Which is fine. I eat, too!  Our first concern, given that we are perceiving entities, is to take care of ourselves.  If you didn’t care for your own well-being, what would motivate you to care for someone else’s?  Beyond that, I don’t think there’s a simple way to identify what or whom else is sufficiently self-like to merit our concern.  Personally, I care much more about my family than I do other humans — I devote the majority of my time and energy to helping them.  And I care much more about the well-being of the average human than I do the average cow, say, or lion.

Moral philosophers like Peter Singer would describe this as “speciest.”  I think that’s a silly-sounding word for a silly concept.  I don’t care about other humans because we have similar sequences in our DNA, or even because they resemble what I see when I look into a mirror.  I care about their well-being because of their internal mental life — I can imagine what it might feel like to be another human and so their plights sadden me.

Sure, I can imagine what it might feel like to be a chicken… but less well.  Other animals don’t perceive the world the same way we do.  And they seem to think less well.  I’d rather they not suffer.  But if somebody has to suffer, I’d rather that somebody be a Gallus gallus than a Homo sapiens.  I’d rather many chickens suffer than one human — I weigh chickens’ interests at only a small fraction of my concern for other humans.

Humans can talk to me.  They can share their travails with words, or gestures, or interpretative dance, or facial expressions.  And that matters a lot to me.

But integrity matters, too.  For instance, it seemed strange to me that David Duchovny could both write the book Holy Cow, in which he depicts farmed animals attempting to escape their doom, and still announce that he is “a very lazy vegetarian, which means I will look for the vegetarian meal, but I will also give up.”

My main objection isn’t to people eating meat.  It isn’t even to people who understand that animals can think (with differences in degree from human cognition, not differences in kind) eating meat.  Not everyone lives where I do, within a short walk of several grocery stores that all offer excellent nutrition from plants alone.  It’d be extremely difficult (and expensive) for humans living near the arctic to stay healthy without eating fish.  Those people’s well-being matters to me far more than the well-being of fish they catch.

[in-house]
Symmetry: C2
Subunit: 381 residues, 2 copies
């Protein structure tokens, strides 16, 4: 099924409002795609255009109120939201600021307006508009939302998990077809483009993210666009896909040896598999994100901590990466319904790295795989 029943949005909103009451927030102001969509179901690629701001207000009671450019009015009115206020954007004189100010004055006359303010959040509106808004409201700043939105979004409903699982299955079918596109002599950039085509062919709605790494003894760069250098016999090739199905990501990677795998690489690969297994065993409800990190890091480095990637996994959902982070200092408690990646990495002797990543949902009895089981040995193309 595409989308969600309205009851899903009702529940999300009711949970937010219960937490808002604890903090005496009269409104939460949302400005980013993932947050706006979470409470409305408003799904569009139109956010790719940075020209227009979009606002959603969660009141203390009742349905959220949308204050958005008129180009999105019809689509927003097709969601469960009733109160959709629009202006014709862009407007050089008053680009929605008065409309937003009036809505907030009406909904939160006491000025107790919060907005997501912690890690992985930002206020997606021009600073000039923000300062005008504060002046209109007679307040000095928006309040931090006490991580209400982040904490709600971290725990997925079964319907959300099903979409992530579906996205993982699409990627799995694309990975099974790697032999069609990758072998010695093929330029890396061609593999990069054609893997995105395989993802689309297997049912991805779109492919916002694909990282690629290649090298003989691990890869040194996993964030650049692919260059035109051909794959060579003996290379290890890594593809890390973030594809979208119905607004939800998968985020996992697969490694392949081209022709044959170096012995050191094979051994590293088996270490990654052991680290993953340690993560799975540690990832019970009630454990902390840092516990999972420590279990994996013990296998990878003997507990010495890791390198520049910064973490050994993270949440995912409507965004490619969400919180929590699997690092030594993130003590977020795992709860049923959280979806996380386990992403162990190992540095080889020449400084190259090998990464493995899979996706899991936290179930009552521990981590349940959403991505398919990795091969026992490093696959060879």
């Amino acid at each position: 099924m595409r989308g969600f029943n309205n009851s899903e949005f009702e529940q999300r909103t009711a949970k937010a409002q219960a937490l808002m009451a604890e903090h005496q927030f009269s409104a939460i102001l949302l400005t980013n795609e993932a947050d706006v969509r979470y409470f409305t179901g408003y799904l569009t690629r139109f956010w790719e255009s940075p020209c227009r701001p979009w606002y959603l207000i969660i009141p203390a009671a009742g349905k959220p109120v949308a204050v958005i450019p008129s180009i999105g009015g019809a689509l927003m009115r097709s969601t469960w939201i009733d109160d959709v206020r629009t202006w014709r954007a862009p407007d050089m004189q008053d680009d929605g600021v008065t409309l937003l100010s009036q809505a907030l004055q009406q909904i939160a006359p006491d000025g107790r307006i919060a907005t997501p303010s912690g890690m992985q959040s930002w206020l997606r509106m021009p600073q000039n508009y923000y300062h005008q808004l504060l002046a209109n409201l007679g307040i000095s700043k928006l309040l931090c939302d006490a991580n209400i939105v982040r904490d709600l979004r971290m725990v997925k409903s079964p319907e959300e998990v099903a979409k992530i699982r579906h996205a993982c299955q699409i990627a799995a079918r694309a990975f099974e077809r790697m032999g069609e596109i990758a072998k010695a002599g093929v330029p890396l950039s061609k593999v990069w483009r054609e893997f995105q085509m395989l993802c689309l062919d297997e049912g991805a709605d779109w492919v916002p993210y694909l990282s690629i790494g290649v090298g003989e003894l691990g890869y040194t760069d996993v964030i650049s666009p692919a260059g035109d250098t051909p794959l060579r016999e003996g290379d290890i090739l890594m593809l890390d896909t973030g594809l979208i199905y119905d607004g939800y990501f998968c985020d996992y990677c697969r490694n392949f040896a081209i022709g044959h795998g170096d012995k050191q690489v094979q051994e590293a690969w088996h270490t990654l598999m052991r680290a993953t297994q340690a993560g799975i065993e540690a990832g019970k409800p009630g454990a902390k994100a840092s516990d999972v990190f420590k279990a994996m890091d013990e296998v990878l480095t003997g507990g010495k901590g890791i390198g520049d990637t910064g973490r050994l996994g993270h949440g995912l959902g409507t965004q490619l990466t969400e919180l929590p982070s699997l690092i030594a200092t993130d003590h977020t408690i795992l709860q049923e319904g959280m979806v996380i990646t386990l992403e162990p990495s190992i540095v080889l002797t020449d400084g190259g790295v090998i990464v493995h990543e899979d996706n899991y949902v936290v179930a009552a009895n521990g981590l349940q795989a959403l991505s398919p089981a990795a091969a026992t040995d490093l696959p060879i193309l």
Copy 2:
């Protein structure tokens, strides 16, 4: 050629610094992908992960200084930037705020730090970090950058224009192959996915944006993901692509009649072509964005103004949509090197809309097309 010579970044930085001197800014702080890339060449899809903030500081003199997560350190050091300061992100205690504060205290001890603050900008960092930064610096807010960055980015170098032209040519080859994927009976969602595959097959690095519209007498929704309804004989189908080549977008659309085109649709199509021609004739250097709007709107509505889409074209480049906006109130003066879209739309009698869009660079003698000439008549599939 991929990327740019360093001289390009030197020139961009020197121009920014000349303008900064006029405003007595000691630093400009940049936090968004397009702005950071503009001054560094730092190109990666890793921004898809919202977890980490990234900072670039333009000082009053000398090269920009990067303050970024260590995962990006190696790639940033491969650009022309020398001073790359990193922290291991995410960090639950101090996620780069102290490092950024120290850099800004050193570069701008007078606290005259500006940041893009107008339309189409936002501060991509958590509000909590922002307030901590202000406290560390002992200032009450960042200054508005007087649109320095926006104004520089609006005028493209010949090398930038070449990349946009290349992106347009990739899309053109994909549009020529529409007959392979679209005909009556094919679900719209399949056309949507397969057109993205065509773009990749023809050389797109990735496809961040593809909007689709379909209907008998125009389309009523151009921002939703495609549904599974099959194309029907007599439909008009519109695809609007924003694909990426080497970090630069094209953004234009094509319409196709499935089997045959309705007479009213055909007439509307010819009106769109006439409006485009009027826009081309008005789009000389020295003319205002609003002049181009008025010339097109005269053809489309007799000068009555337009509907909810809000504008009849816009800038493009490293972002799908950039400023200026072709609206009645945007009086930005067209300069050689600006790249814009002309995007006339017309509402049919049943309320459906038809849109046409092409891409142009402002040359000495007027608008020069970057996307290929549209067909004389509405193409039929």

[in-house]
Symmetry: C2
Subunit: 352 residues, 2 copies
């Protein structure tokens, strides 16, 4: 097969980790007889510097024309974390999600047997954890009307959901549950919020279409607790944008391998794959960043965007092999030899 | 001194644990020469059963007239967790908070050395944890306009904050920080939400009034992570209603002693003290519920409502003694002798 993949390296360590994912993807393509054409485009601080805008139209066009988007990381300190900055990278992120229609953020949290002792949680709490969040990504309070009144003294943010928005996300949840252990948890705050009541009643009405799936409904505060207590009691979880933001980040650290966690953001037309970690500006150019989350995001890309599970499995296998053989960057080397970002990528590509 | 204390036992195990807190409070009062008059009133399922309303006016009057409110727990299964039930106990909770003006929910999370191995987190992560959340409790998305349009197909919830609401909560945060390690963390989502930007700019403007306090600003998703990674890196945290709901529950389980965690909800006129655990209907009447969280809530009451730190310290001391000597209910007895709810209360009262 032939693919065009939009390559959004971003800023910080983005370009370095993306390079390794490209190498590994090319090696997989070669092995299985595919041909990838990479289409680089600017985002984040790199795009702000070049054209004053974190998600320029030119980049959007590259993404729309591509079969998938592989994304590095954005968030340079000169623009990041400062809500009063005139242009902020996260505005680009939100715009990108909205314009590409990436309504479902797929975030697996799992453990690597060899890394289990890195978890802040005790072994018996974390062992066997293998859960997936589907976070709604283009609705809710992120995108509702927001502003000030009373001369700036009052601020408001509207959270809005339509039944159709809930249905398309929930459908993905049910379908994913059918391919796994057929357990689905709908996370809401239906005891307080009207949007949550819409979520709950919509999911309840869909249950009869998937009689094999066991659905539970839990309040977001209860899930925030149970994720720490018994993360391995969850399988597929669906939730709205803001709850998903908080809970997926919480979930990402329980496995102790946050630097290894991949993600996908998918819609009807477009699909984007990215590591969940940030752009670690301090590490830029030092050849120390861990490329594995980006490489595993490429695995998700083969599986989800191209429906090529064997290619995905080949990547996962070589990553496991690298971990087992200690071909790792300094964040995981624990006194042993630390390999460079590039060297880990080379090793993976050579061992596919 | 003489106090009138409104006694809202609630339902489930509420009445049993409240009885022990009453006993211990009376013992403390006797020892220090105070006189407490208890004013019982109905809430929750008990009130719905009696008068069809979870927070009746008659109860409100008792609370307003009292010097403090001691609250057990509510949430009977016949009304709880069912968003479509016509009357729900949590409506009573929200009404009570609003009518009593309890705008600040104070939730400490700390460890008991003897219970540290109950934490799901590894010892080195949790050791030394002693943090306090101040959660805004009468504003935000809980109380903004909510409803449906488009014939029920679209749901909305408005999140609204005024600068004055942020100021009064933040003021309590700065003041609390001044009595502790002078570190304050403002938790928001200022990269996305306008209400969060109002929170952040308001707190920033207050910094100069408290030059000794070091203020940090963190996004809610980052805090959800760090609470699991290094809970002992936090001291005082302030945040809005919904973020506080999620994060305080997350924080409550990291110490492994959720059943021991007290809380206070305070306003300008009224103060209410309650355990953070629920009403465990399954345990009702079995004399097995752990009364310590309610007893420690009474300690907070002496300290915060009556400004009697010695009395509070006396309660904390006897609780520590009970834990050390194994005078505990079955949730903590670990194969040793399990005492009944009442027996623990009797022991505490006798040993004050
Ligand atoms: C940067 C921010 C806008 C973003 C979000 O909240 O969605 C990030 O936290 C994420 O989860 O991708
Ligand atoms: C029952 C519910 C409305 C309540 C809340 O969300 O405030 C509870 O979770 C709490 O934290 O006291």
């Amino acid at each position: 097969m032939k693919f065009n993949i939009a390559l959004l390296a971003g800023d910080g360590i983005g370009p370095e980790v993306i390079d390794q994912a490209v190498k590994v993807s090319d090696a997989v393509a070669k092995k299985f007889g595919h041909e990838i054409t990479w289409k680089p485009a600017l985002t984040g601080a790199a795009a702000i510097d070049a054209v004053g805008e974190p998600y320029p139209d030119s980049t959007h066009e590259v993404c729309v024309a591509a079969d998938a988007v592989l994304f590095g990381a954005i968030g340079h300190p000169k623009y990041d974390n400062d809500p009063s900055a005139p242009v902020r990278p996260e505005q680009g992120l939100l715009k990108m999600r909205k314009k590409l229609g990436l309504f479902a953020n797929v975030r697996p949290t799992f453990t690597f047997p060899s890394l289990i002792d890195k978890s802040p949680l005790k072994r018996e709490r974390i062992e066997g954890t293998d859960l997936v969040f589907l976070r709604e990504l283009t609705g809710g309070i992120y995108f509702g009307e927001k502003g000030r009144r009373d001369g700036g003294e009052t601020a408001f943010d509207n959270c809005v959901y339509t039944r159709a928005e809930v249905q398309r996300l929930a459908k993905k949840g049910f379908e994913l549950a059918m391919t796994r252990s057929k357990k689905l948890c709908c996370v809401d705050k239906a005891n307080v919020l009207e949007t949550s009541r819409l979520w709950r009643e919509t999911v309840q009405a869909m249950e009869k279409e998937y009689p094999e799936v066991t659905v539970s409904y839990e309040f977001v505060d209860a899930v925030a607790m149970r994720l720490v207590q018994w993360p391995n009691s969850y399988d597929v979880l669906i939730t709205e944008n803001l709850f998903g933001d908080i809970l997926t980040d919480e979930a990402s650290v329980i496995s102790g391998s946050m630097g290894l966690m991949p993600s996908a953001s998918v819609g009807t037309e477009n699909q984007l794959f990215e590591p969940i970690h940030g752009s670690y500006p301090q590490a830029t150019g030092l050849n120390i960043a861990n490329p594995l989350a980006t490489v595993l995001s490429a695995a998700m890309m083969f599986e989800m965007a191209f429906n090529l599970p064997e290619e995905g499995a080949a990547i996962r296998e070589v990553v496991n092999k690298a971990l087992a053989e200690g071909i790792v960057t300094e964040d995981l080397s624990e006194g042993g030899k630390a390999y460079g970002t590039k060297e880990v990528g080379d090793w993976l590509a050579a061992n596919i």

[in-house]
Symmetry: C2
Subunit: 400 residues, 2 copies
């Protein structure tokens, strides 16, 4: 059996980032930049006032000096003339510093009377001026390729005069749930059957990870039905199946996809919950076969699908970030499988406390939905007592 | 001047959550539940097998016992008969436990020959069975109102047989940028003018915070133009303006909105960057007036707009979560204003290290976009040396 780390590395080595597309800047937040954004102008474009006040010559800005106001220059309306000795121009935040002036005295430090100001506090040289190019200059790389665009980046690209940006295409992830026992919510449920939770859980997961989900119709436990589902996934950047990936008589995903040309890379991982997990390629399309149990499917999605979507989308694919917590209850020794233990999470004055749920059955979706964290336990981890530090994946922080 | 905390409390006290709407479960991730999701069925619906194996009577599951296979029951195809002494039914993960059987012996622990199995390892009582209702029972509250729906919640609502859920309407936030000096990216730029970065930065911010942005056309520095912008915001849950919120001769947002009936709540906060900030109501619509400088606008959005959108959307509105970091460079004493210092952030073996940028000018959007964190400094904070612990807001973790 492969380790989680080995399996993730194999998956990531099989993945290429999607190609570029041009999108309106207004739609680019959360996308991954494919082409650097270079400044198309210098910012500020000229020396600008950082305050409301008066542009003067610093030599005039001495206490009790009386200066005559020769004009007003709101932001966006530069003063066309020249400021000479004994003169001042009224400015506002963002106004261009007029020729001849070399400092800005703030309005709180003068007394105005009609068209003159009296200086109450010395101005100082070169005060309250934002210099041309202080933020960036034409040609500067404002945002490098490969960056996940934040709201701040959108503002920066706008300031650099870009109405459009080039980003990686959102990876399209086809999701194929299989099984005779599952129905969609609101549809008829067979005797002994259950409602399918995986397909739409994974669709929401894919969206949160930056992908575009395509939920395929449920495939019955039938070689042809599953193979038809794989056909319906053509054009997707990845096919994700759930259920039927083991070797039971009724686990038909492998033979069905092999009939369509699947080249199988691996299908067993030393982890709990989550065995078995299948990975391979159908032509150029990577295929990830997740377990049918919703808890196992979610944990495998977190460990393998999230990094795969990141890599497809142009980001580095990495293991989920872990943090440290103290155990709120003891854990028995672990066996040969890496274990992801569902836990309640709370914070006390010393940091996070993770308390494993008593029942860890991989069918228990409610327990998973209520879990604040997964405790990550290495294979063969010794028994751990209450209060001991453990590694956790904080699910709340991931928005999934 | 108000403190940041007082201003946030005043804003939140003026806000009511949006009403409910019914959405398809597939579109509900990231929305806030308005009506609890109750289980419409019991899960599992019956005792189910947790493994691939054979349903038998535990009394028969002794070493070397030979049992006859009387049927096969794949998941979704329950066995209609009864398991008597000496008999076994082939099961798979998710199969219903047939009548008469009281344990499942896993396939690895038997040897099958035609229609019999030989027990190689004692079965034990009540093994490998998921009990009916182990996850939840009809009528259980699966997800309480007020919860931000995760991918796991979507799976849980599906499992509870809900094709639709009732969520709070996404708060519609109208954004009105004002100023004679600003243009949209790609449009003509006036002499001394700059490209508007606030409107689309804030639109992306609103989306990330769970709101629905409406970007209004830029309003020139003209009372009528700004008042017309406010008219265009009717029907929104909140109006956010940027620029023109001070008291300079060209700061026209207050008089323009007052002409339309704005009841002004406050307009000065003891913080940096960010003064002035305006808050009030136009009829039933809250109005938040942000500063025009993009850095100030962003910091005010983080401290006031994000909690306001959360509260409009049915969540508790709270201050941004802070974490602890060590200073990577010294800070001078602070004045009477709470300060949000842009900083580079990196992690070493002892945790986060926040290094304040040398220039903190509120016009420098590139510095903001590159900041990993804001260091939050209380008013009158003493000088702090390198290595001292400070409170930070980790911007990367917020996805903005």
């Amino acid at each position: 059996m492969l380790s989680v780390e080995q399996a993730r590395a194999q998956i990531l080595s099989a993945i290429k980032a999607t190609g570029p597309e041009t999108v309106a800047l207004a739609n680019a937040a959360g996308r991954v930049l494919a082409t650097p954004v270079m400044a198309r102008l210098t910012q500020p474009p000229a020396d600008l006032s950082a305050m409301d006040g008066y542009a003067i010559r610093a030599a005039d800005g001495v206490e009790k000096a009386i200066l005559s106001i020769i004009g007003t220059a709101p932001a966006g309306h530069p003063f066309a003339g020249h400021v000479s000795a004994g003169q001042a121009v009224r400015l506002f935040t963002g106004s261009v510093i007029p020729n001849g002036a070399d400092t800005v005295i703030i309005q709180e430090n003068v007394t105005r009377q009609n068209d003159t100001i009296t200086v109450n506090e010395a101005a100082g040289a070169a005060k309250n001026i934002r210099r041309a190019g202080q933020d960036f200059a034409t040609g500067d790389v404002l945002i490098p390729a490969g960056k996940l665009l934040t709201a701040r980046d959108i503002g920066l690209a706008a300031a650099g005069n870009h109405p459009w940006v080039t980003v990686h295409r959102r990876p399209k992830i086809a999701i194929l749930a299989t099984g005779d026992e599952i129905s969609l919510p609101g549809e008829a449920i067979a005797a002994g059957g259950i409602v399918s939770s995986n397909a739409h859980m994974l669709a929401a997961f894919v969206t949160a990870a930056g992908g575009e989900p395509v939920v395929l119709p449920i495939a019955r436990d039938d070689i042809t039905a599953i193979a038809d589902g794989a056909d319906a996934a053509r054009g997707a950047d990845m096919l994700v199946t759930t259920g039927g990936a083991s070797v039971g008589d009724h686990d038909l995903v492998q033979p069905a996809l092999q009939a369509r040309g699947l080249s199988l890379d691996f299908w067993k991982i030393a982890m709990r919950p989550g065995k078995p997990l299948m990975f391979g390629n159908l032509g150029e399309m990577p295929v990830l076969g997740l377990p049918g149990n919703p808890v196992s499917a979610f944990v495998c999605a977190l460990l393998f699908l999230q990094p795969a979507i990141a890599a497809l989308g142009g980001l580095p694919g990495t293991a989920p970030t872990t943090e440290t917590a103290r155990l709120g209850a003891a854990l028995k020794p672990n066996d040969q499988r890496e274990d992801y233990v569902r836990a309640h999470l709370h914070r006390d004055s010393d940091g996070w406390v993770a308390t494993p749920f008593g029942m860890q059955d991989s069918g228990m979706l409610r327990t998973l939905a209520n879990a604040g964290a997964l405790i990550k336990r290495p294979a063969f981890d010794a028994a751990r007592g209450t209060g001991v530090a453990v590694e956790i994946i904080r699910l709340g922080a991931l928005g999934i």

And, for people living in close proximity to large, dangerous carnivores? Yes, obviously it’s reasonable for them to kill the animals terrorizing their villages.  I wish humans bred a little more slowly so that there’d still be space in our world for those large carnivores, but given that the at-risk humans already exist, I’d rather they be safe.  I can imagine how they feel.  I wouldn’t want my own daughter to be in danger.  I ruthlessly smash any mosquitos that go near her, and they are far less deadly than lions.

I simply find it upsetting when people who seem to believe that animal thought matters won’t take minor steps toward hurting them less.  It’s when confronted with stories about people who understand the moral implications of animal cognition, and who live in a place where it’s easy to be healthy eating vegetables alone, but don’t, that I feel sad.

If you had the chance to make your life consistent with your values, why wouldn’t you?